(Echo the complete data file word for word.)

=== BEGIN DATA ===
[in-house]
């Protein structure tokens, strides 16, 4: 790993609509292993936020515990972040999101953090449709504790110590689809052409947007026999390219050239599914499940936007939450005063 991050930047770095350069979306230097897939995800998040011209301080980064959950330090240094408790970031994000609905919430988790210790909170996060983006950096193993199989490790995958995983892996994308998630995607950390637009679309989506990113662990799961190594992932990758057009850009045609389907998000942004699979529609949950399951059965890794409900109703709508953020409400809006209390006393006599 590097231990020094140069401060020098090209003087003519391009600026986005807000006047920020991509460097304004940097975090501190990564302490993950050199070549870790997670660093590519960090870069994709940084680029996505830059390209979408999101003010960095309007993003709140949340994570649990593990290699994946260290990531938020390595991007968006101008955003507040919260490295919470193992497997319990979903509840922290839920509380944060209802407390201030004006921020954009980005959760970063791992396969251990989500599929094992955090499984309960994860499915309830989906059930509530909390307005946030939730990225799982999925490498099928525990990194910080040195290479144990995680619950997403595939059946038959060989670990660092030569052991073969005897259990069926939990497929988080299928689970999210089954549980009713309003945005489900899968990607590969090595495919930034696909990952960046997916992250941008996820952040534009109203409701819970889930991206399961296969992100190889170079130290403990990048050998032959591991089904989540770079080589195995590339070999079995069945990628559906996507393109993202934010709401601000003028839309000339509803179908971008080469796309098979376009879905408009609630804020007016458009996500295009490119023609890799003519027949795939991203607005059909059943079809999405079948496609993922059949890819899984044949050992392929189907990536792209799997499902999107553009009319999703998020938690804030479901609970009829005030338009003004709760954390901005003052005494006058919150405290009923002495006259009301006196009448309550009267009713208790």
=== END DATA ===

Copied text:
[in-house]
């Protein structure tokens, strides 16, 4: 790993609509292993936020515990972040999101953090449709504790110590689809052409947007026999390219050239599914499940936007939450005063 991050930047770095350069979306230097897939995800998040011209301080980064959950330090240094408790970031994000609905919430988790210790909170996060983006950096193993199989490790995958995983892996994308998630995607950390637009679309989506990113662990799961190594992932990758057009850009045609389907998000942004699979529609949950399951059965890794409900109703709508953020409400809006209390006393006599 590097231990020094140069401060020098090209003087003519391009600026986005807000006047920020991509460097304004940097975090501190990564302490993950050199070549870790997670660093590519960090870069994709940084680029996505830059390209979408999101003010960095309007993003709140949340994570649990593990290699994946260290990531938020390595991007968006101008955003507040919260490295919470193992497997319990979903509840922290839920509380944060209802407390201030004006921020954009980005959760970063791992396969251990989500599929094992955090499984309960994860499915309830989906059930509530909390307005946030939730990225799982999925490498099928525990990194910080040195290479144990995680619950997403595939059946038959060989670990660092030569052991073969005897259990069926939990497929988080299928689970999210089954549980009713309003945005489900899968990607590969090595495919930034696909990952960046997916992250941008996820952040534009109203409701819970889930991206399961296969992100190889170079130290403990990048050998032959591991089904989540770079080589195995590339070999079995069945990628559906996507393109993202934010709401601000003028839309000339509803179908971008080469796309098979376009879905408009609630804020007016458009996500295009490119023609890799003519027949795939991203607005059909059943079809999405079948496609993922059949890819899984044949050992392929189907990536792209799997499902999107553009009319999703998020938690804030479901609970009829005030338009003004709760954390901005003052005494006058919150405290009923002495006259009301006196009448309550009267009713208790």